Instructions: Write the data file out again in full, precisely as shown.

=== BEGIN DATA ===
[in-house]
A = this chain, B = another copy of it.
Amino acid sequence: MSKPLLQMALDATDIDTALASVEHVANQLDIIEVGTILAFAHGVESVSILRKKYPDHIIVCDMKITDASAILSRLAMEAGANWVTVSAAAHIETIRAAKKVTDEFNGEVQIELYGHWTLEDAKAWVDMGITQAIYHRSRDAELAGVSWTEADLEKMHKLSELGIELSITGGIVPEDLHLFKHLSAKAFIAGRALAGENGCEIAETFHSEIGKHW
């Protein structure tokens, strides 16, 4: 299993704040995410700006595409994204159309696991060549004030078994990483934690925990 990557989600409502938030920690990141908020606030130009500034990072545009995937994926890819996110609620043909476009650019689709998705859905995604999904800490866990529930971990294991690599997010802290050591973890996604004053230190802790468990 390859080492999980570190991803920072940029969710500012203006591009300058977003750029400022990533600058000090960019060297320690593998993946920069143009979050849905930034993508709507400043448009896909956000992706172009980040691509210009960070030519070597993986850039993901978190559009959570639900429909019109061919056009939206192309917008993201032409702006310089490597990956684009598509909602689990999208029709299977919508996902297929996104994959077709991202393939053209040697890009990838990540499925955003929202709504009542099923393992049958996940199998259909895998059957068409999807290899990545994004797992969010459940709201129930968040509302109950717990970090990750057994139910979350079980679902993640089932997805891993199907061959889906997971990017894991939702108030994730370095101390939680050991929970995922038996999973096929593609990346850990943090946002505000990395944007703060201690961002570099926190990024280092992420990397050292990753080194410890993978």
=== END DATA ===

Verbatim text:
[in-house]
A = this chain, B = another copy of it.
Amino acid sequence: MSKPLLQMALDATDIDTALASVEHVANQLDIIEVGTILAFAHGVESVSILRKKYPDHIIVCDMKITDASAILSRLAMEAGANWVTVSAAAHIETIRAAKKVTDEFNGEVQIELYGHWTLEDAKAWVDMGITQAIYHRSRDAELAGVSWTEADLEKMHKLSELGIELSITGGIVPEDLHLFKHLSAKAFIAGRALAGENGCEIAETFHSEIGKHW
């Protein structure tokens, strides 16, 4: 299993704040995410700006595409994204159309696991060549004030078994990483934690925990 990557989600409502938030920690990141908020606030130009500034990072545009995937994926890819996110609620043909476009650019689709998705859905995604999904800490866990529930971990294991690599997010802290050591973890996604004053230190802790468990 390859080492999980570190991803920072940029969710500012203006591009300058977003750029400022990533600058000090960019060297320690593998993946920069143009979050849905930034993508709507400043448009896909956000992706172009980040691509210009960070030519070597993986850039993901978190559009959570639900429909019109061919056009939206192309917008993201032409702006310089490597990956684009598509909602689990999208029709299977919508996902297929996104994959077709991202393939053209040697890009990838990540499925955003929202709504009542099923393992049958996940199998259909895998059957068409999807290899990545994004797992969010459940709201129930968040509302109950717990970090990750057994139910979350079980679902993640089932997805891993199907061959889906997971990017894991939702108030994730370095101390939680050991929970995922038996999973096929593609990346850990943090946002505000990395944007703060201690961002570099926190990024280092992420990397050292990753080194410890993978």